James (Jim) Lewis is the Senior VP and Program Director for the Center for Strategic and International Studies - CSIS. I testified with Jim March 19, 2009 before the Senate Committee on Commerce Science and Transportation. Jim’s focus then, and continues to be, an IT focus on confidentiality of information. His view of a cyber incident is the traditional view of your connected to the Internet, using Windows, and somebody is trying to steal or compromise data. In fact, Jim described cyber as a “weapon of mass nuisance”.
My focus then, and continues to be, reliability and safety of physical processes. With physical processes, you can’t hide impacts such as pipes breaking, trains crashing, or lights going out (these have all occurred from cyber-related incidents). The difficulty is trying to identify if the incident is cyber-related and then if it malicious (whether targeted or not such as being affected by malware targeting Windows). With the Australian waste water attack, the first 20 times the attacker remotely opened the sewage discharge valve, the utility felt it was a mechanical or electrical failure. Stuxnet is another example where equipment damage was not identified as being cyber-related for well over a year. Often, the only difference between a malicious attack and an unintentional cyber incident is motivation which can’t be measured. The 2008 Florida outage is an example where the only difference between a cyber incident being malicious or unintentional was the motivation of the engineer in the substation. What’s more, even if the event is unintentional, generally it can also be done maliciously and it would be difficult to tell the difference. I follow the NIST definition of a cyber incident which is electronic communication between systems that impacts either confidentiality, integrity, or availability (unfortunately the definition doesn’t address safety). The NIST definition makes no mention of a cyber incident having to be malicious. Consequently, it doesn’t matter whether a cyber incident is malicious or not, people can die and catastrophic damage can occur.
Jim wrote the article “Fighting the Wrong Enemy, aka the Stalemate in Cybersecurity” https://www.thecipherbrief.com/column/expert-view/fighting-the-wrong-enemy-aka-the-stalemate-in-cybersecurity?utm_source=Join+the+Community+Subscribers&utm_campaign=930597d73f-TCB+November+27+2017&utm_medium=email&utm_term=0_02cbee778d-930597d73f-122471541.
According to Jim (my comments in Italics):
“...despite all the attention, cyberspace is far from secure. Why this is so reflects flawed technologies and conceptual weaknesses. The result is institutionalized stalemate.” I agree with Jim.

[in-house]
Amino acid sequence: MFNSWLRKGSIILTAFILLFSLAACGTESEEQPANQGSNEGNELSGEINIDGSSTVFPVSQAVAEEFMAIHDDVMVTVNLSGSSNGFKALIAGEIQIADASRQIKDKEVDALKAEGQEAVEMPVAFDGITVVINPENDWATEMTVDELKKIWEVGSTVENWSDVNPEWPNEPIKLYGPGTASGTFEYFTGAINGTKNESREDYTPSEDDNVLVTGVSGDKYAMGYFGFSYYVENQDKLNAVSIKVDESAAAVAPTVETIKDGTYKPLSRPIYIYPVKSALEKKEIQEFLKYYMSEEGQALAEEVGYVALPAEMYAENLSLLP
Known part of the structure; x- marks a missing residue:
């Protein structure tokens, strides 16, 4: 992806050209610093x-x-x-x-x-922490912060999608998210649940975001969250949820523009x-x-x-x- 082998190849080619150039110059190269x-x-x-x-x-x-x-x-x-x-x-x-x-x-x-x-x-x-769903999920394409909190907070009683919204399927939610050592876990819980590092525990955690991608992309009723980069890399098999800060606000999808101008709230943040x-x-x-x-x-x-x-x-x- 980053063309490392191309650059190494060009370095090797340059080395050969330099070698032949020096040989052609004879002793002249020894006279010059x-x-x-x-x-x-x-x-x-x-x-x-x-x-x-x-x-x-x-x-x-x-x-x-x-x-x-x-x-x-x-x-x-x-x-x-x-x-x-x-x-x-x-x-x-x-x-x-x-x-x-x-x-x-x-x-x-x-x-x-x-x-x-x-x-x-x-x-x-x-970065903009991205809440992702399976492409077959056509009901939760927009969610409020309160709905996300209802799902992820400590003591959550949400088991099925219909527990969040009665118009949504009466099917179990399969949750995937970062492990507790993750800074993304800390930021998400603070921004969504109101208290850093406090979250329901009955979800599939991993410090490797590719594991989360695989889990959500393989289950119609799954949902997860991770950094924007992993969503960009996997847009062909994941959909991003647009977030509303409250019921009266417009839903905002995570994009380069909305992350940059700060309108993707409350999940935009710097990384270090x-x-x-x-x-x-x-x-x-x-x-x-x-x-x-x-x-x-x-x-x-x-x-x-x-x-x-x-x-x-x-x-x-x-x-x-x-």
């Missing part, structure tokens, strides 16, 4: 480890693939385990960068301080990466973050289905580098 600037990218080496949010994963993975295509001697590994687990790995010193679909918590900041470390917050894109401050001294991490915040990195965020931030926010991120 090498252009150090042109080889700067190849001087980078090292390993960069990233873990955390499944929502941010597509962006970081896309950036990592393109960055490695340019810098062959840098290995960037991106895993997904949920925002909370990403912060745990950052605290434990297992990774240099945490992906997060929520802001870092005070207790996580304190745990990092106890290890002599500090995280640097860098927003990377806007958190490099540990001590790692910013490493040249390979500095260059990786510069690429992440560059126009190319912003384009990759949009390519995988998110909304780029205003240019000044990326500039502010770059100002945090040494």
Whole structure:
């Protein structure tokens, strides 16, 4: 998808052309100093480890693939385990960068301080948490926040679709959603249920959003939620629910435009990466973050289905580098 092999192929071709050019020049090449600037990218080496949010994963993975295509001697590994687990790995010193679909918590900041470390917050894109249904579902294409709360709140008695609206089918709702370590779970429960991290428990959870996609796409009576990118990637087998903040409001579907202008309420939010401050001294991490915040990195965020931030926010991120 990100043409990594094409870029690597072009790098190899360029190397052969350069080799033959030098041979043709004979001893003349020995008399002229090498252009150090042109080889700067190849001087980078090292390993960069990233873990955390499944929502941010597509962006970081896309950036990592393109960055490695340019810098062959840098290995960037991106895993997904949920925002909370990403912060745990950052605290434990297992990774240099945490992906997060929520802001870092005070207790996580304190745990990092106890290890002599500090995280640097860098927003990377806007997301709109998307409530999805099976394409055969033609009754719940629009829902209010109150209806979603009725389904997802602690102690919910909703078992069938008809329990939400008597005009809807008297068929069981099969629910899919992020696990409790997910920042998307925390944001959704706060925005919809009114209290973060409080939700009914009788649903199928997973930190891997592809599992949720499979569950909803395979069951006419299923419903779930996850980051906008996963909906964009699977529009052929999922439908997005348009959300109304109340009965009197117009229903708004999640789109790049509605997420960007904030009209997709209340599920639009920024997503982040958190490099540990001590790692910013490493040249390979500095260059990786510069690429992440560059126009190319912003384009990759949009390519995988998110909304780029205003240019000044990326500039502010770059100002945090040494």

“Two questions highlight shortcomings in the discussion of cybersecurity. The first is why, after more than two decades, we have not seen anything like a cyber Pearl Harbor or cyber catastrophe.” There have been many catastrophic failures that were cyber-related and killed people (more than 1,000 deaths to date). However, there are minimal cyber forensics to identify the events as being cyber attacks and a reticence to identify physical damage as being cyber-related.
“The second is why, despite the increasing volume and quantity of recommendations and dire warnings, there has been so little progress”. This gap is even more pronounced for control systems.
“Our most dangerous opponents in cyberspace are states, two of which – Russia and North Korea – use cybercrime as a tool of state power. We can dismiss the idea that terrorist or non-state actors will launch massive and damaging cyber attacks.” It doesn’t require nation-state technology or expertise to impact control systems unless non-detectability or lack of attribution is important. Aurora is an example of an event that doesn’t require nation state attack tools and yet can have devastating consequences including shutting the grid for 9-18 MONTHS. Furthermore, DHS has declassified the Aurora information and it is on various hacker websites. Iran is also aware of the lack of cyber security in Level 0,1 devices.
“The effect of “cyber attack” is exaggerated. There have been no deaths, little destruction, and the aggregate cost has been minimal. The actions of greatest concern have involved espionage, crime and political coercion – not attacks on critical infrastructure.” There have already been more than 1,000 control system cyber incidents to date. They have impacted electric grids, power plants including nuclear plants, water and wastewater facilities, pipelines, chemical plants, manufacturing plants, transportation, etc. Conservatively, there has been more than $50Billion in direct impacts and more than 1,000 deaths to date.